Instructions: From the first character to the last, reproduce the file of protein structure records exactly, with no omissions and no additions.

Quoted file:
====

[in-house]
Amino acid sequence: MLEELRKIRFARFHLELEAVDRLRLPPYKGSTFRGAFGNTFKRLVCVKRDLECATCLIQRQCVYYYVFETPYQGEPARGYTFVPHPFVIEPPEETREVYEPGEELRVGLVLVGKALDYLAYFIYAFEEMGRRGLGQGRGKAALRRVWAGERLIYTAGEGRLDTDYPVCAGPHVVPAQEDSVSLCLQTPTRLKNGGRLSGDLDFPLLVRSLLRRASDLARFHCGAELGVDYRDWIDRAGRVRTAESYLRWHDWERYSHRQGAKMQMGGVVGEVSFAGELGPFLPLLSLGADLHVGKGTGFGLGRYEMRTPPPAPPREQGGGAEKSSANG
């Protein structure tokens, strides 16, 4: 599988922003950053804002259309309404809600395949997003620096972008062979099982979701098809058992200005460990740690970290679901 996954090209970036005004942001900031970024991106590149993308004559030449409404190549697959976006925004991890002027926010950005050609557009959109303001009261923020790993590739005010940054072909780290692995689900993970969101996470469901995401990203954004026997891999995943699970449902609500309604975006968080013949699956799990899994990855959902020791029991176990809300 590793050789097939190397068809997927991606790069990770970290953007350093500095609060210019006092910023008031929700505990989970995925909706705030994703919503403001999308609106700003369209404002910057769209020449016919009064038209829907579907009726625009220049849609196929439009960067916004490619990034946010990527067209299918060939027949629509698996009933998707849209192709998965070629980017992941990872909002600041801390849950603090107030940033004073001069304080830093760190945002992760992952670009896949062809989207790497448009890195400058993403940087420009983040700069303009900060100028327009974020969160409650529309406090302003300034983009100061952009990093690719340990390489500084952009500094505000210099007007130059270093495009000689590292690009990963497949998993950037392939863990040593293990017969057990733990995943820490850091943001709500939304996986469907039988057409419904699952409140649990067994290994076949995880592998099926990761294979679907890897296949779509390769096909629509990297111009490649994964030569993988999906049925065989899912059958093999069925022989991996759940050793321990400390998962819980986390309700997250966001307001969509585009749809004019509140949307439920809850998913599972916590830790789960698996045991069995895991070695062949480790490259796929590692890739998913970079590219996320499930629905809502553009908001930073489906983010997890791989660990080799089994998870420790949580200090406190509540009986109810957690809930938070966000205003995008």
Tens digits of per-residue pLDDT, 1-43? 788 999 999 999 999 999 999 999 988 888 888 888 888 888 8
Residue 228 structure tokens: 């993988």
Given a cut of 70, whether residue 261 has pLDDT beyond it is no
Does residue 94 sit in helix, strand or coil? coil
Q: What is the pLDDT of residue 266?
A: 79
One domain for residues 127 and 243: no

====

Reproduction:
[in-house]
Amino acid sequence: MLEELRKIRFARFHLELEAVDRLRLPPYKGSTFRGAFGNTFKRLVCVKRDLECATCLIQRQCVYYYVFETPYQGEPARGYTFVPHPFVIEPPEETREVYEPGEELRVGLVLVGKALDYLAYFIYAFEEMGRRGLGQGRGKAALRRVWAGERLIYTAGEGRLDTDYPVCAGPHVVPAQEDSVSLCLQTPTRLKNGGRLSGDLDFPLLVRSLLRRASDLARFHCGAELGVDYRDWIDRAGRVRTAESYLRWHDWERYSHRQGAKMQMGGVVGEVSFAGELGPFLPLLSLGADLHVGKGTGFGLGRYEMRTPPPAPPREQGGGAEKSSANG
């Protein structure tokens, strides 16, 4: 599988922003950053804002259309309404809600395949997003620096972008062979099982979701098809058992200005460990740690970290679901 996954090209970036005004942001900031970024991106590149993308004559030449409404190549697959976006925004991890002027926010950005050609557009959109303001009261923020790993590739005010940054072909780290692995689900993970969101996470469901995401990203954004026997891999995943699970449902609500309604975006968080013949699956799990899994990855959902020791029991176990809300 590793050789097939190397068809997927991606790069990770970290953007350093500095609060210019006092910023008031929700505990989970995925909706705030994703919503403001999308609106700003369209404002910057769209020449016919009064038209829907579907009726625009220049849609196929439009960067916004490619990034946010990527067209299918060939027949629509698996009933998707849209192709998965070629980017992941990872909002600041801390849950603090107030940033004073001069304080830093760190945002992760992952670009896949062809989207790497448009890195400058993403940087420009983040700069303009900060100028327009974020969160409650529309406090302003300034983009100061952009990093690719340990390489500084952009500094505000210099007007130059270093495009000689590292690009990963497949998993950037392939863990040593293990017969057990733990995943820490850091943001709500939304996986469907039988057409419904699952409140649990067994290994076949995880592998099926990761294979679907890897296949779509390769096909629509990297111009490649994964030569993988999906049925065989899912059958093999069925022989991996759940050793321990400390998962819980986390309700997250966001307001969509585009749809004019509140949307439920809850998913599972916590830790789960698996045991069995895991070695062949480790490259796929590692890739998913970079590219996320499930629905809502553009908001930073489906983010997890791989660990080799089994998870420790949580200090406190509540009986109810957690809930938070966000205003995008």
Tens digits of per-residue pLDDT, 1-43? 788 999 999 999 999 999 999 999 988 888 888 888 888 888 8
Residue 228 structure tokens: 């993988």
Given a cut of 70, whether residue 261 has pLDDT beyond it is no
Does residue 94 sit in helix, strand or coil? coil
Q: What is the pLDDT of residue 266?
A: 79
One domain for residues 127 and 243: no